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Which Antibiotics Treat Bacterial Vaginosis?

August 23, 2016

Bacterial vaginosis can be effectively treated with prescription antibiotics that can help readjust the balance of bacteria in the vagina. Although some over-the-counter vaginal medications are sold, they are not effective for curing bacterial vaginosis.

Guidelines from the Centers for Disease Control and Prevention (CDC) recommend the following antibiotics:

  • metronidazole tablets (Flagyl)
  • metronidazole vaginal gel (Flagyl, Metrogel)
  • clindamycin vaginal cream (Cleocin)
  • clindamycin tablets (Cleocin)
  • clindamycin vaginal suppositories (Cleocin)
  • tinidazole tablets (Tindamax)

They are only available with a prescription. Your healthcare provider will tell you for how long you need to take the treatment. It's usually for between five and seven days.

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Most women should try one of the first three antibiotics first. Treatment of BV is recommended for all women who have symptoms.

Treatment is especially important for pregnant women. If you have bacterial vaginosis while pregnant, your baby is more likely to be born prematurely (early) or with a low birth weight (less than 5.5 pounds).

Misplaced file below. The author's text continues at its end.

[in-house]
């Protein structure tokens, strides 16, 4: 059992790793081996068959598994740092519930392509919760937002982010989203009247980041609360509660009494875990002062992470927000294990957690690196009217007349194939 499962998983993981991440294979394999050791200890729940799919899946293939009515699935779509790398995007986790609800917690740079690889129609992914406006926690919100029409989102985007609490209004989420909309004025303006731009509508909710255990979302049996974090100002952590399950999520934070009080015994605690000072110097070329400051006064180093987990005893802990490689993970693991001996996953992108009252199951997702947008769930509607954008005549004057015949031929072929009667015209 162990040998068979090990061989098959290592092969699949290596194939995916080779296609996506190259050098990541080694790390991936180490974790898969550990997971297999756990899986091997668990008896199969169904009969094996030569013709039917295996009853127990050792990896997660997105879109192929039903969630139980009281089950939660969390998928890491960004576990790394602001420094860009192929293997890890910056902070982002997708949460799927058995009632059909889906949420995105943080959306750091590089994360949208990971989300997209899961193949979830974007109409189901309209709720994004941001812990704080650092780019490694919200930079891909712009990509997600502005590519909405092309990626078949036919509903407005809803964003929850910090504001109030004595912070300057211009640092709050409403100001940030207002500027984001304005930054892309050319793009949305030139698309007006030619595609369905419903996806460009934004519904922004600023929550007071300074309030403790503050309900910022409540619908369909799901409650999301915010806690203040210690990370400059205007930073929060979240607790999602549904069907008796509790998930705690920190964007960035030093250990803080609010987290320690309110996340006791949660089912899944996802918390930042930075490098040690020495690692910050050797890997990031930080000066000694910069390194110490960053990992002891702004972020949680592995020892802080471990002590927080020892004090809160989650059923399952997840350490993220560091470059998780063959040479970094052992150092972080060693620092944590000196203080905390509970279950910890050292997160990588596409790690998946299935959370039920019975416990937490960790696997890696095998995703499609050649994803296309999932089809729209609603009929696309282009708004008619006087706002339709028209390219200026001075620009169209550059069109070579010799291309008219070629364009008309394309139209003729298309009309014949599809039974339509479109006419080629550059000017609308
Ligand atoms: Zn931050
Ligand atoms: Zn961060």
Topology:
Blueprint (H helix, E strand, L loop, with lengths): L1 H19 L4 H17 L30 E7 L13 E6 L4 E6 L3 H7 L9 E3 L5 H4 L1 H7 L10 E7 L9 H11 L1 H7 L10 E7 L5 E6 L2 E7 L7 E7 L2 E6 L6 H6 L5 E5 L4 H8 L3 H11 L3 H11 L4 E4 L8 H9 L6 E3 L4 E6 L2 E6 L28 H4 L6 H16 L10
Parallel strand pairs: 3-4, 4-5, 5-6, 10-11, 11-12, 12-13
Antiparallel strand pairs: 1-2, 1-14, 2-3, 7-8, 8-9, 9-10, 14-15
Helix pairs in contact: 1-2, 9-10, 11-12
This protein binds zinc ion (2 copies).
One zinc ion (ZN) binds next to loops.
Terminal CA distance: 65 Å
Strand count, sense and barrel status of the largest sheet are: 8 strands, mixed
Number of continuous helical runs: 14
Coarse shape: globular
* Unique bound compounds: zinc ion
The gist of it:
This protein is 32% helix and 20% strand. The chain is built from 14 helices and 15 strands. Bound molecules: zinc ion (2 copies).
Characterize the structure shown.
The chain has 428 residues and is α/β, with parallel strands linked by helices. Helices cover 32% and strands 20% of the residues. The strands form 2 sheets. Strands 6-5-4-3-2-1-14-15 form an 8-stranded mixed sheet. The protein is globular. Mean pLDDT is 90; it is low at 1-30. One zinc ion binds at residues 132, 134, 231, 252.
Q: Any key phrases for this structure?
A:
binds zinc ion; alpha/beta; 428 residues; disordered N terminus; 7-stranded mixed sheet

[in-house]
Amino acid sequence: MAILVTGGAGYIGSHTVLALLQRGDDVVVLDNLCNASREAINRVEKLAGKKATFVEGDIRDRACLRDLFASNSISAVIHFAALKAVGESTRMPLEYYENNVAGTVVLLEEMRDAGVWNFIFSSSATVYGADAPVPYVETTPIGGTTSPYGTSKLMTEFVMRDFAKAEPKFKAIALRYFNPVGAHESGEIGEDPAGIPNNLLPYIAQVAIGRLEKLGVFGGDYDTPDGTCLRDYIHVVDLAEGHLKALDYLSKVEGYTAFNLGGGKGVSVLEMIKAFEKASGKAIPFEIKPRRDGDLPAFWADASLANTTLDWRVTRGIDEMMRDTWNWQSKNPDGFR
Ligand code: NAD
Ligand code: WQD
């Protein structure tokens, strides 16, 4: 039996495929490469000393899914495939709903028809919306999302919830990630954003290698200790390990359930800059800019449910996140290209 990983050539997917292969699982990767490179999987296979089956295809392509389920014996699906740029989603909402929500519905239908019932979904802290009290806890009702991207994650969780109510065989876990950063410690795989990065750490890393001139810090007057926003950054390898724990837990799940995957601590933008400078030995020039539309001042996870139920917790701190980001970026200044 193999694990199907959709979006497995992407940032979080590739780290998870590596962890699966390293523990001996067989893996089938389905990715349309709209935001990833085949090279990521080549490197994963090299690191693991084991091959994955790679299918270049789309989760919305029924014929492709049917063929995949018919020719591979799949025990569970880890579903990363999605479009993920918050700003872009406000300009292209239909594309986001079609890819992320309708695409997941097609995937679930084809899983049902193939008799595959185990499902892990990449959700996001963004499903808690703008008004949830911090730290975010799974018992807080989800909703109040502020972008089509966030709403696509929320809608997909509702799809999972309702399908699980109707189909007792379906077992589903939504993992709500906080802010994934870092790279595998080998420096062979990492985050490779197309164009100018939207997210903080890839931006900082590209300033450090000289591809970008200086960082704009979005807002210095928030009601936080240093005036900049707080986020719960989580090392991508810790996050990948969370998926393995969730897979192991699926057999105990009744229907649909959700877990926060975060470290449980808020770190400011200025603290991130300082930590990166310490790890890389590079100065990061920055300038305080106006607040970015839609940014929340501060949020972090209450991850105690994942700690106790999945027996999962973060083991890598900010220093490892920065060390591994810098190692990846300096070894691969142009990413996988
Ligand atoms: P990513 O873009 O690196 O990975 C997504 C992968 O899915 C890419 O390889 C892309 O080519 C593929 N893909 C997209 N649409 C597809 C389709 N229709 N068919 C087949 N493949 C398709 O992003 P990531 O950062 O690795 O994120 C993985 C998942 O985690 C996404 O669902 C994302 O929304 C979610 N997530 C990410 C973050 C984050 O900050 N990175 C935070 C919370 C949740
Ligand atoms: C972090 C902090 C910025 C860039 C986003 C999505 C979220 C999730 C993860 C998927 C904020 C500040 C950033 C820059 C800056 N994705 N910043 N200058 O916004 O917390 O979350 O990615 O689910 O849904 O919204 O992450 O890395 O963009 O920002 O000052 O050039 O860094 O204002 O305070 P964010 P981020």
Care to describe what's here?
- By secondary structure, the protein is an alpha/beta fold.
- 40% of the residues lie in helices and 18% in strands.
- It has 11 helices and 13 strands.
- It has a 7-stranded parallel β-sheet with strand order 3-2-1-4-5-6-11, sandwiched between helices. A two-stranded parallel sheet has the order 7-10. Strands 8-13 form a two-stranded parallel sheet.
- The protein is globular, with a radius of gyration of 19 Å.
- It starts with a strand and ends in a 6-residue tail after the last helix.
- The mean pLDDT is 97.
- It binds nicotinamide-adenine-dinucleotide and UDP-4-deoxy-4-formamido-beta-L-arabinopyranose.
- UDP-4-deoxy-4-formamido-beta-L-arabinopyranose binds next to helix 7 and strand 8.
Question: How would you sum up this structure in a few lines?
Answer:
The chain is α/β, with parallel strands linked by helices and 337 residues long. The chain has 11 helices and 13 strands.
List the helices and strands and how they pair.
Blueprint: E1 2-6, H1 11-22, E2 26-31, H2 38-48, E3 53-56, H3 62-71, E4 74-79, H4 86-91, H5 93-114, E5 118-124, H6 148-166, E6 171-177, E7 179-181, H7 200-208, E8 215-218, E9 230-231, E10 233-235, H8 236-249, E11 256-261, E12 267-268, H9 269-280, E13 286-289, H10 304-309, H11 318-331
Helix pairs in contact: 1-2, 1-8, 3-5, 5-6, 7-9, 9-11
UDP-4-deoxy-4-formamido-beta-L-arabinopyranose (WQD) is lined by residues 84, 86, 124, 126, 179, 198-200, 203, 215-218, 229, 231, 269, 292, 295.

There is a risk of relapse if the entire course of antibiotics is not finished. It's important to finish all the pills in the prescription, even if symptoms start to disappear.

Both metronidazole and tinidazole can cause stomach upsets and nausea if you drink alcohol while using them -- it's best to avoid alcohol until a full 24 hours after completing the course.


More on Bacterial Vaginosis at TheBody.com

To find out more about bacterial vaginosis, we recommend the following articles:

In addition, our Q&A experts sometimes address questions about bacterial vaginosis in our "Ask the Experts" forums. Here are some of those questions and our experts' responses:


Elsewhere on the Web

For additional reliable information on this topic, we recommend the following pages on other websites:


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